In general, tomatoes need compost-rich, loamy soil that drains well. For this variety, be sure to amend the soil so that it is rich in potassium, phosphorus, calcium, and magnesium.

Additionally, start to regularly feed your San Marzano tomatoes when the plant begins to set fruit. If fertilising your San Marzano tomatoes with a commercial type, use an NPK ratio of 5-10-10.

To learn more about the best soil composition for growing tomatoes, as well as how to control soil pH, read this informative article.

Watering: Your soil should have balanced moisture at all times and never be allowed to remain soggy. Conversely, if your San Marzano tomatoes dry out, they can become susceptible to blossom end rot. Also, be sure to water at the base of your plants and avoid splashing your tomato plant’s foliage, as this will help prevent the development of powdery mildew.

Additionally, it’s best to water your plants early in the morning and/or in the late evening. If the soil is moist, you can forgo watering at that time. It’s a good idea to check your tomato’s soil at least every 12 hours to assess its level of moisture. A layer of mulch will also help your soil retain consistent moisture.

Pruning

It’s best to remove the lower side shoots and leaves for this variety. Also remove suckers. Within a greenhouse, the San Marzano should have at least seven main trusses. For outdoor growing, it should have at least four.

Late in the season, remove the topmost central tip or stem of the plant once it has gained enough lower limbs. This will encourage the remaining fruits to ripen before cold weather sets in.

Common Diseases and Pests

San Marzano tomatoes need to be proactively protected from blight, blossom end rot, viruses, leaf mould, and magnesium deficiency. To prevent these diseases, be sure to grow your San Marzano in nutrient-dense soil and fertilise it regularly. It’s also worth noting that companion planting can help prevent many of these issues as well as discourage tomato moths and glasshouse whiteflies.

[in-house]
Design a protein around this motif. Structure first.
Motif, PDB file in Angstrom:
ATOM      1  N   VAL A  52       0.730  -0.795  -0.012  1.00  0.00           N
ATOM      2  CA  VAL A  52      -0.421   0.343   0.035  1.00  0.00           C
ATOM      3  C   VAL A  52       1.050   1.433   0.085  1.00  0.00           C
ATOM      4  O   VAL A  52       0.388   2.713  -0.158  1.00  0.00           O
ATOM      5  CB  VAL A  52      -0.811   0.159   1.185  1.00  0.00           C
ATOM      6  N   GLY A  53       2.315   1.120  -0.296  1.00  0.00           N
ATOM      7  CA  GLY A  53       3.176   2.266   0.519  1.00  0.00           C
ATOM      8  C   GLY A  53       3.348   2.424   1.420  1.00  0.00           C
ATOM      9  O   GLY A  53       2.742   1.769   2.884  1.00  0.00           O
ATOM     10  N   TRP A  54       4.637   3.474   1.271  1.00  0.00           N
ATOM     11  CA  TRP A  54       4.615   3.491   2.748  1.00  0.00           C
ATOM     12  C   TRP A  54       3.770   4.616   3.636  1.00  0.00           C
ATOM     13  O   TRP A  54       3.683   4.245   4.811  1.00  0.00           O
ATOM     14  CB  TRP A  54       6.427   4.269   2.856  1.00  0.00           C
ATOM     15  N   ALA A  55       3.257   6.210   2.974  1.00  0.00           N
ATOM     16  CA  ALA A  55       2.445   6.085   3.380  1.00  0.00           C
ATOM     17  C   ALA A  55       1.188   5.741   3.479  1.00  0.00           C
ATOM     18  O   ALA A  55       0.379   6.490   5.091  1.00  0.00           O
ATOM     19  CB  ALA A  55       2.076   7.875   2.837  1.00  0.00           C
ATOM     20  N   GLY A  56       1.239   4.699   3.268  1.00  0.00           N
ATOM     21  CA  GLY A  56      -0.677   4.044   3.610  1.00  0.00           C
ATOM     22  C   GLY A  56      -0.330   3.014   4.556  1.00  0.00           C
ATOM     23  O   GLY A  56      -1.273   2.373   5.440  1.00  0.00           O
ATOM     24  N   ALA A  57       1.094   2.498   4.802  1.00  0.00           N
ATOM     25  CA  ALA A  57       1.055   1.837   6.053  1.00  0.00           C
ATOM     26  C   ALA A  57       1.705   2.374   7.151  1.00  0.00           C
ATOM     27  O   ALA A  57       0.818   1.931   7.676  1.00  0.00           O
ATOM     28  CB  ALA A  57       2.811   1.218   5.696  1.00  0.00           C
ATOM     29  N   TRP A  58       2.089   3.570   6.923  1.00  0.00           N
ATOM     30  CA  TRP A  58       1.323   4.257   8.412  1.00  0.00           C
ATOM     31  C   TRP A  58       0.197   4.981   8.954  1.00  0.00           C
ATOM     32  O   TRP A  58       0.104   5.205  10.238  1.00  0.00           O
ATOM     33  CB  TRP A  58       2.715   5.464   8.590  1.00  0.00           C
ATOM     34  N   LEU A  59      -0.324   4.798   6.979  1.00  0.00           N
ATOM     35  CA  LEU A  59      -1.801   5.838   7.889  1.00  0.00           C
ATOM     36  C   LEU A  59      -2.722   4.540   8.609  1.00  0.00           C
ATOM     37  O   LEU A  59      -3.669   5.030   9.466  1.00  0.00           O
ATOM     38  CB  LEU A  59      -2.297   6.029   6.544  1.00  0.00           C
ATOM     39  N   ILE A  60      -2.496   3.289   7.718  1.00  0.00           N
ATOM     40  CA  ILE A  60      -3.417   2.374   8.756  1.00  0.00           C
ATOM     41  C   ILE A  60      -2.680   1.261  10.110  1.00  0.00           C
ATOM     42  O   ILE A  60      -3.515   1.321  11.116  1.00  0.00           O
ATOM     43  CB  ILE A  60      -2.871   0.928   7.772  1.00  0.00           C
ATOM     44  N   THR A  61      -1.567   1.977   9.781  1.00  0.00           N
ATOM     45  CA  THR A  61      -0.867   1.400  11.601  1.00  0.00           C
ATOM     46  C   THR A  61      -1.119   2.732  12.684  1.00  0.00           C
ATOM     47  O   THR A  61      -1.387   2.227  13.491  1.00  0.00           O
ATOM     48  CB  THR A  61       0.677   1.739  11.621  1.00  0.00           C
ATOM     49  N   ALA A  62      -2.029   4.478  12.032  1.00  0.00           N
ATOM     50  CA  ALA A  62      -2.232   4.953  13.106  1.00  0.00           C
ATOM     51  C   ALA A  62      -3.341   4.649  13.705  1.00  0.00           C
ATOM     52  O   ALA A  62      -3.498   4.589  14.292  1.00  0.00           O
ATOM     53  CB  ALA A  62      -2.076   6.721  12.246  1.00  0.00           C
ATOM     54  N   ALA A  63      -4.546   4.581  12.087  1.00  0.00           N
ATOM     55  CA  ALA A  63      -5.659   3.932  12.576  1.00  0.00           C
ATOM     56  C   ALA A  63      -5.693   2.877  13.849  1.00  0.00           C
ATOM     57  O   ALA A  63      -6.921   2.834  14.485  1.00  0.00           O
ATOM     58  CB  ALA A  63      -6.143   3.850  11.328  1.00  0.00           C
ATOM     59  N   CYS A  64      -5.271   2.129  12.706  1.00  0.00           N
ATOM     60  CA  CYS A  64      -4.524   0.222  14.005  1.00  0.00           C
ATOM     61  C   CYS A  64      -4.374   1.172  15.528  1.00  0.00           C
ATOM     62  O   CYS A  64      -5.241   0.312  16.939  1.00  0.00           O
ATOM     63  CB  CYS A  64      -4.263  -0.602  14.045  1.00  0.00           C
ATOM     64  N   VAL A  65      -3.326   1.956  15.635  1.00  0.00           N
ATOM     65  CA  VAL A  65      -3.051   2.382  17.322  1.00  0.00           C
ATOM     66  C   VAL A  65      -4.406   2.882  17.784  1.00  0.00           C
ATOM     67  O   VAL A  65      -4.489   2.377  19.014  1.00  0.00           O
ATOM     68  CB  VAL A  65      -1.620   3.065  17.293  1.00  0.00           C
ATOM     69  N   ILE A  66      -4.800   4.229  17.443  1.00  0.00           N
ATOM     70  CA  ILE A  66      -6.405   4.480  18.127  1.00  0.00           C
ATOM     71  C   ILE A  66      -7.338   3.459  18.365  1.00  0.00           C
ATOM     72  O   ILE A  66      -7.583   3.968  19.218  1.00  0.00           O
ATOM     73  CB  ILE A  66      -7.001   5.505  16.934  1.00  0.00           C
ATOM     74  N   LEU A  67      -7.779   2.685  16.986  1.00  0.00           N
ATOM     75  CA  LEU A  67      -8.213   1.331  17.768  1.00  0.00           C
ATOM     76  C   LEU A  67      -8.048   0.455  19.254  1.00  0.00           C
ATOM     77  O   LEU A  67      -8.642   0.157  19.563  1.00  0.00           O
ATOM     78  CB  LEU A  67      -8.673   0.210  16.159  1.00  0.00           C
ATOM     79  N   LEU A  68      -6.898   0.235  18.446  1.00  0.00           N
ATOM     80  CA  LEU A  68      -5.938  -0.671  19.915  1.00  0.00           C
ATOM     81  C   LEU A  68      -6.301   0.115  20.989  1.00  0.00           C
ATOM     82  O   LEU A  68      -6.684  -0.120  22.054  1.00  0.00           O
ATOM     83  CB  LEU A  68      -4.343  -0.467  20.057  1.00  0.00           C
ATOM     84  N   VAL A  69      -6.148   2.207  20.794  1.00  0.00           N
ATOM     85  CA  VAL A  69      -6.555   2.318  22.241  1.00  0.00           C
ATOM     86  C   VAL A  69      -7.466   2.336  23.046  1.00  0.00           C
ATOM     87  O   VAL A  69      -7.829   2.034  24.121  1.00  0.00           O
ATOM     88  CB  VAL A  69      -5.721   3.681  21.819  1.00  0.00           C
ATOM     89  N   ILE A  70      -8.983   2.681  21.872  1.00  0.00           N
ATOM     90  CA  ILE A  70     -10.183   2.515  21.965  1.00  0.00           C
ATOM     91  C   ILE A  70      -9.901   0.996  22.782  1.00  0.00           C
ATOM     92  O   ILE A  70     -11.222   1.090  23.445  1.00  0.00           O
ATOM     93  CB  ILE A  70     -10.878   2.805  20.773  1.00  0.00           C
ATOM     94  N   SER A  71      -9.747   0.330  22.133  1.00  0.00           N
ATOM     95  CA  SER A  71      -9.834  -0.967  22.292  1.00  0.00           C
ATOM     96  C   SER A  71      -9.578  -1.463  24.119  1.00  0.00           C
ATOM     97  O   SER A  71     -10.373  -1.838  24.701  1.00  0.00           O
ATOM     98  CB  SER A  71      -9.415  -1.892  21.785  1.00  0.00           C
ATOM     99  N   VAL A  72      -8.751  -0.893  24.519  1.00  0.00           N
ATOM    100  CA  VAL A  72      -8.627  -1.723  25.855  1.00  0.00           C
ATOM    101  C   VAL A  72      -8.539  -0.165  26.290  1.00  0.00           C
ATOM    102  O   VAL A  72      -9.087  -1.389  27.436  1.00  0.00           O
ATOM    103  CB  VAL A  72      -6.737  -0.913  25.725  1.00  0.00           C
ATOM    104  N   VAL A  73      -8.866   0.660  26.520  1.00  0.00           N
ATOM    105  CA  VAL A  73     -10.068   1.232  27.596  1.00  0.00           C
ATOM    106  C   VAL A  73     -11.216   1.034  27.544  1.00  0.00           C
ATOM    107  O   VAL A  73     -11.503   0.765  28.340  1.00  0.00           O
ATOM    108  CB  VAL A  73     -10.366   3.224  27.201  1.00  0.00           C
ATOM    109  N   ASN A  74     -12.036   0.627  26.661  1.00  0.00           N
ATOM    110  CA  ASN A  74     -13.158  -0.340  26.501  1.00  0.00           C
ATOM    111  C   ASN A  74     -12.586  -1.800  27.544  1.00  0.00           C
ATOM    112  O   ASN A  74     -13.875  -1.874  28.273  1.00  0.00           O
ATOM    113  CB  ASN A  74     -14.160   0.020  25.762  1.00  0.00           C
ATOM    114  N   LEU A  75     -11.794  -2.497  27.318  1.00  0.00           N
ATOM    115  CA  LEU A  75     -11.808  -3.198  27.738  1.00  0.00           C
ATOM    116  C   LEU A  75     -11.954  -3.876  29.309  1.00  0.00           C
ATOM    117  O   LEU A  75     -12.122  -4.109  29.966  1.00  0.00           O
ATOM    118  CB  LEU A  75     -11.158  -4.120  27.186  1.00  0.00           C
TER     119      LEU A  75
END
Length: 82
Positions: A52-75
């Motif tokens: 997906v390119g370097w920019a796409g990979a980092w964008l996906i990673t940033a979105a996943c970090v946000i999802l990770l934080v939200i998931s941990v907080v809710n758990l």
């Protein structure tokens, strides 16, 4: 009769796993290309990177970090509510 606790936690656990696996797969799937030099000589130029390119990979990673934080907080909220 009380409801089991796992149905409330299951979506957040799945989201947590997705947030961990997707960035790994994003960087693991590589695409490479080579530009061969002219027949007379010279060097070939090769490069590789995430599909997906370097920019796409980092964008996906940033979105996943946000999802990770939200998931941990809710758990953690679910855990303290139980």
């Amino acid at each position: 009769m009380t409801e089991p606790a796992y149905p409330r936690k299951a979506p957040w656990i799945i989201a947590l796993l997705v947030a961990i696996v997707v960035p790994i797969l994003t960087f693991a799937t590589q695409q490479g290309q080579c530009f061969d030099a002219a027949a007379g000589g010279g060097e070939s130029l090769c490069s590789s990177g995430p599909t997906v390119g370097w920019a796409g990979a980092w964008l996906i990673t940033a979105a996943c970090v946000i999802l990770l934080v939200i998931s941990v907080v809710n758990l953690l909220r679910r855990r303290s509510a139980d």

To prevent blossom end rot specifically, make sure your San Marzano tomatoes have enough access to calcium in the soil and that their roots are not disturbed. As mentioned before, be sure to water them consistently and don’t let them dry out. Also, keep hanging fruit from touching the soil.

Companion Planting with San Marzano Tomatoes

As the saying goes, “If it grows together, it goes together.” When buying San Marzano seeds, consider also buying seeds for these other notable plant companions. In doing so, you will reap a more abundant harvest and expand your access to fresh produce.

Basil, in particular, helps tomato roots expand. Its fragrance will smell amazing in your garden and mask the presence of tomatoes from opportunistic pests. Plus, basil improves the taste of tomatoes.

Garlic has anti-microbial, anti-viral, and anti-fungal properties for both humans and plants. As such, garlic protects your tomatoes from late blight and other soil-borne pathogens. Its pungent smell repels common pests as well. Like basil, garlic also helps improve the flavour of tomatoes.

Chives attract beneficial insect pollinators and help repel opportunistic pests.

To learn more about companion planting with tomatoes, read this detailed article.

These delicious artisanal tomatoes are a prized gem in the garden. They are rich in vitamins C and A, as well as other nutrients like potassium, folate, and dietary fibre. Plus, they are rich in antioxidants like lycopene that help prevent oxidative stress within the body.

Compounds present within tomatoes can also help the body produce more collagen. Collagen, in turn, helps us age more gracefully and retain great-looking skin. Therefore, the next time you’re enjoying a bright and juicy tomato, remember all the wonderful health benefits it is providing for your body!

We hope you’ll consider adding this delightful tomato variety to your home garden. Thanks so much for learning about San Marzano tomatoes with us today. Be sure to stop by often for the latest and most dependable gardening information.

 

A Solanum lycopersicum B UK plant passport 109423 C 8587 D GB